FIG. 1 is a block diagram showing an example of a breathing simulator for use in an evaluation test of a respirator according to the present invention.

This breathing simulator is made up of plural, preferably 2 to 5, air cylinders 1 for generating an air waveform, a single electric cylinder 2 for actuating the air cylinders, a servo controller 3 for controlling the operation of the electric cylinder, an input/output unit 4 for recording an analog input from the exterior and reproducing the recorded data at an arbitrary magnification, a personal computer PC 5 for forming an arbitrary waveform, and a waveform output unit 6 for outputting the waveform thus formed. The number of times of human respiration is considered to be about thirty times per minute even at most, but in the breathing simulator according to the present invention the number of times of respiration can preferably be controlled up to 180 times/min or more so as to permit creation of even very small respiratory oscillations. The ventilation quantity depends on the diameter of each air cylinder, but is usually preferably 50 to 140 mm. The number of air cylinders is two or more and it is preferable that the air cylinders used be able as a whole to generate at least 3.0 L or more per stroke. The cylinder stroke may be up to about 500 mm, but is suitably 300 mm or less.

A rated thrust of the electric cylinder corresponds to an increase of a pressure drop caused by a high air flow rate and so is preferably at least 0.5 KN. A rated speed of the electric cylinder is preferably 200 mm/sec or higher, more preferably 300 mm/sec or higher. In the case where the electric cylinder is replaced by a hydraulic cylinder, the system becomes large-sized and difficult to move because the hydraulic type requires a hydraulic oil source, labor is required for maintenance because it is necessary to replace hydraulic oil and element, and the power consumption required by the hydraulic oil source is about 10 KW which is high as compared with 0.75 to 1.5 KW in the electric cylinder. Thus, it is impossible to achieve the foregoing object and effect of the present invention.

In the breathing simulator according to the present invention, since there is adopted a method wherein plural air cylinders are operated by an electric cylinder controller with a servo controller to generate air, there is obtained an air waveform of a high air flow rate at the same stroke and without enlarging the diameter of each air cylinder. Particularly, since plural air cylinders are operated, it is possible to reduce the air cylinder diameter and generate air of a high accuracy even in the same amount of air. Moreover, in controlling the electric cylinder in this breathing simulator, the control is performed by making the stroke speed and voltage proportional to each other, whereby a worker's respiration waveform recorded and a waveform created on a personal computer can be reproduced with a high accuracy.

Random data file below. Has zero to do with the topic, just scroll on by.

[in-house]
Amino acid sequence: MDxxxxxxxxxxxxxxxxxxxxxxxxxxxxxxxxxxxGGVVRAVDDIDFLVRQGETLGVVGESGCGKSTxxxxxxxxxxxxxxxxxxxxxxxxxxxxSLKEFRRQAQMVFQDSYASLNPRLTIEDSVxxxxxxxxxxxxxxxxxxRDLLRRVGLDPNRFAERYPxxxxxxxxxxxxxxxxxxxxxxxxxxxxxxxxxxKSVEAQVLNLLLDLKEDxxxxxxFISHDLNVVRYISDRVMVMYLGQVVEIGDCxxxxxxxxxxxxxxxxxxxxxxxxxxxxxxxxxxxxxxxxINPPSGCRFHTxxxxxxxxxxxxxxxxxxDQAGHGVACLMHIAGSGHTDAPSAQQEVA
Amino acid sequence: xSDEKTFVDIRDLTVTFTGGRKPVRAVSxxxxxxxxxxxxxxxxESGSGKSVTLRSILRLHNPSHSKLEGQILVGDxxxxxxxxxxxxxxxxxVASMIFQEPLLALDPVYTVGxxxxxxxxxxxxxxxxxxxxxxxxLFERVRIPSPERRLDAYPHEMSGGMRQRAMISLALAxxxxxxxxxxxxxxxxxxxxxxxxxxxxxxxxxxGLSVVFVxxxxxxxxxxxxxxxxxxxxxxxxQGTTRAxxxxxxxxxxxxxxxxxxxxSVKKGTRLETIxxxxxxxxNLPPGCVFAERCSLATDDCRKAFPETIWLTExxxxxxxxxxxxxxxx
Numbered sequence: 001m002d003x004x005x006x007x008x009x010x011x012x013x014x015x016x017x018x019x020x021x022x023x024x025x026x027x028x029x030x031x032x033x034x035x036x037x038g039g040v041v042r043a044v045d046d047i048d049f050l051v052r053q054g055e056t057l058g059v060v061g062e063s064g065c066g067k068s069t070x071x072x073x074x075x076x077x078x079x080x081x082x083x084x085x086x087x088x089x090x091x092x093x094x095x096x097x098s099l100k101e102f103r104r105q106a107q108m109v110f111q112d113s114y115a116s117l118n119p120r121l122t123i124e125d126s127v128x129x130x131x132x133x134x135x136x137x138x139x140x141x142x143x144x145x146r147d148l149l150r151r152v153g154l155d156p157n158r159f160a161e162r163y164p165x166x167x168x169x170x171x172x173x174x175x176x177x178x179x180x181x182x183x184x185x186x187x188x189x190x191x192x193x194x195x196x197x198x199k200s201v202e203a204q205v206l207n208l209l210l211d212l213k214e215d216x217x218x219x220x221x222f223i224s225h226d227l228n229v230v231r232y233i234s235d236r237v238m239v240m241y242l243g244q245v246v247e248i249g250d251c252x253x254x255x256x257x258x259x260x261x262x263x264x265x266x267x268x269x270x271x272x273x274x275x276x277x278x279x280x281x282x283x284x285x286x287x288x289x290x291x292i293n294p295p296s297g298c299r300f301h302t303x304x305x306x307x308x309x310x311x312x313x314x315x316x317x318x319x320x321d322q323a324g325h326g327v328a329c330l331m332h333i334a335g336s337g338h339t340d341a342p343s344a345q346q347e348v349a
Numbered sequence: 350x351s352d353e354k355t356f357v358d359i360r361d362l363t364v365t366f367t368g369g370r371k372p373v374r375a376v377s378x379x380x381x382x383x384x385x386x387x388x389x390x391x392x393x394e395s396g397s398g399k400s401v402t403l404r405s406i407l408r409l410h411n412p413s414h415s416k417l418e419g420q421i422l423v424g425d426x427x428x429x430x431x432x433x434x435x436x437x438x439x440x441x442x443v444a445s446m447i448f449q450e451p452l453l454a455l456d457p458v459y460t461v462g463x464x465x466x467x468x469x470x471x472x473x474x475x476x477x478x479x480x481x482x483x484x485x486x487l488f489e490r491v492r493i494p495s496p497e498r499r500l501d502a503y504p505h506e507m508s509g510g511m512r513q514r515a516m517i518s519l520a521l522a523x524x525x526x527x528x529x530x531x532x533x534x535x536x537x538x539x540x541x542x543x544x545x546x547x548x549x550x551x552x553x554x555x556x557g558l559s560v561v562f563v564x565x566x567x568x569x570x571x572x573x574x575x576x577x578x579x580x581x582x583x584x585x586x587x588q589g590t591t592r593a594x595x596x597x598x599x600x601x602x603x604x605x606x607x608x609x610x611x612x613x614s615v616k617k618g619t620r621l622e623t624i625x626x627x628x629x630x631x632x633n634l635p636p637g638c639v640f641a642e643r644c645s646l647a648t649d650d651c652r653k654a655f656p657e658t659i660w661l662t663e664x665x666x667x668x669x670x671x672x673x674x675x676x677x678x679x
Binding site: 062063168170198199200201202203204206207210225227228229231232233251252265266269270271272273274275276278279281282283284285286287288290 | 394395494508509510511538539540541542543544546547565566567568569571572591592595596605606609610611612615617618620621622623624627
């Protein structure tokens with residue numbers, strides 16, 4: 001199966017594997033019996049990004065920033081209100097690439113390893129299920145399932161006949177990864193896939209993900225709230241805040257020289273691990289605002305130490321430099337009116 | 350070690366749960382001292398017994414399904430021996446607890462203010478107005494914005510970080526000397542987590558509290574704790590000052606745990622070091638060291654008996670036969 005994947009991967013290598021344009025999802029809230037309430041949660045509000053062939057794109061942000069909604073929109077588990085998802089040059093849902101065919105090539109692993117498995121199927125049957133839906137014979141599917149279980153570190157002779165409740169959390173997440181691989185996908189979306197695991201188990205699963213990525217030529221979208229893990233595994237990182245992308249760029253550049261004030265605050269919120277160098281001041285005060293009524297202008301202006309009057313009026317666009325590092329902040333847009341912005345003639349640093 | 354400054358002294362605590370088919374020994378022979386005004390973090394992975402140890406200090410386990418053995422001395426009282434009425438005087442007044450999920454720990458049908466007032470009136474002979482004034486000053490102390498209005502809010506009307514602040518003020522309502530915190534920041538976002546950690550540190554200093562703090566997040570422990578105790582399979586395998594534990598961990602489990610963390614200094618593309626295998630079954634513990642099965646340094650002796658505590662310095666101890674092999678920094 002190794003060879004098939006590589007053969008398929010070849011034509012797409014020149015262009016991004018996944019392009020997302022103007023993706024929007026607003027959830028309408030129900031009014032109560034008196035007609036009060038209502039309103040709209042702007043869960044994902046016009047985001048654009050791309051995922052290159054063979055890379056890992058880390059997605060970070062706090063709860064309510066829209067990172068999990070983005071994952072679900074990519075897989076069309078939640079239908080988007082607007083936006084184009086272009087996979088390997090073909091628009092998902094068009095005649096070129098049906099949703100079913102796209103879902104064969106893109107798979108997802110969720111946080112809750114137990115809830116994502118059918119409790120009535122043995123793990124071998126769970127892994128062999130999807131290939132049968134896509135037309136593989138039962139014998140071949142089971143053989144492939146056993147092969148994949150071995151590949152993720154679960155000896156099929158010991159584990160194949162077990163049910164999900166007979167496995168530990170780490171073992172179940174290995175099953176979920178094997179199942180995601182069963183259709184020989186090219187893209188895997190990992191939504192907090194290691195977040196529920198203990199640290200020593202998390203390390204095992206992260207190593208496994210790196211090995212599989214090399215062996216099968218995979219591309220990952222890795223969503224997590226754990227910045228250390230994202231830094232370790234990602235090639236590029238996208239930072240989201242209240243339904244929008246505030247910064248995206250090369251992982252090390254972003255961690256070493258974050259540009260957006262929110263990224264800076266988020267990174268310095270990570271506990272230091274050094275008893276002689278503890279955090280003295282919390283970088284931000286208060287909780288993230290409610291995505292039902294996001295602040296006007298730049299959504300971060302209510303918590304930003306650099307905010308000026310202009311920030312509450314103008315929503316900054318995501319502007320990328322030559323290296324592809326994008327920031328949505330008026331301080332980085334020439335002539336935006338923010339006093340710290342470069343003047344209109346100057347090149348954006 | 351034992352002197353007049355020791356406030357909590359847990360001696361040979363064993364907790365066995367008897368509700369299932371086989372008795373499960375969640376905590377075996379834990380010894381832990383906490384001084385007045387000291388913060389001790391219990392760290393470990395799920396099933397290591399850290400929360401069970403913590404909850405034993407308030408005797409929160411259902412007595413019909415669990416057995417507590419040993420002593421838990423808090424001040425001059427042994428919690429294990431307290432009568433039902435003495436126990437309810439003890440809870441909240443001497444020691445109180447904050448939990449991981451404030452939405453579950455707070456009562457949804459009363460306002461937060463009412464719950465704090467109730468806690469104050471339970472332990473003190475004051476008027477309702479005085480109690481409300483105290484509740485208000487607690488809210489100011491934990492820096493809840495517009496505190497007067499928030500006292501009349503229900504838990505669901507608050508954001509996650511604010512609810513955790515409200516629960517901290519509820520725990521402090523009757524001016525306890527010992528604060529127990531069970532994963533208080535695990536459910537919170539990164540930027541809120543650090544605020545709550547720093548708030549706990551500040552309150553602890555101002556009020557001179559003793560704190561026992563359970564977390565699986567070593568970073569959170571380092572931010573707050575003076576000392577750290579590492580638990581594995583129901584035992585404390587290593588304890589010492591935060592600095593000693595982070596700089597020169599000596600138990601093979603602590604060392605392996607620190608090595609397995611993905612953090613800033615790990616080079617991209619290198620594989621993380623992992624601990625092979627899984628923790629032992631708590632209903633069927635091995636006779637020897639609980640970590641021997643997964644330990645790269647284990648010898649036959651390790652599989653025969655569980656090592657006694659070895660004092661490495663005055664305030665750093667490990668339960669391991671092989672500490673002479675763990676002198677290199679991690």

A further description will now be given about main constituent members of the breathing simulator according to the present invention. The air cylinders play the role of generating air and the electric cylinder and the air cylinders are connected together mechanically at respective cylinder rods. The stroke of the electric cylinder and that of the air cylinder rods are the same. Air is generated by extension and retraction of the air cylinder rods. As to the force required for extension and retraction of the air cylinder rods, the lighter, the better. For the prevention of deterioration, hydraulic oil such as grease is usually employed in the cylinders. In an evaluation test of a respirator, however, there sometimes is a case where organic or inorganic gas is used and therefore, for the purpose of making a gas concentration measurement correctly, it is preferable not to use grease or use hydraulic oil having little volatility such as silicone or fluorine-based vacuum grease.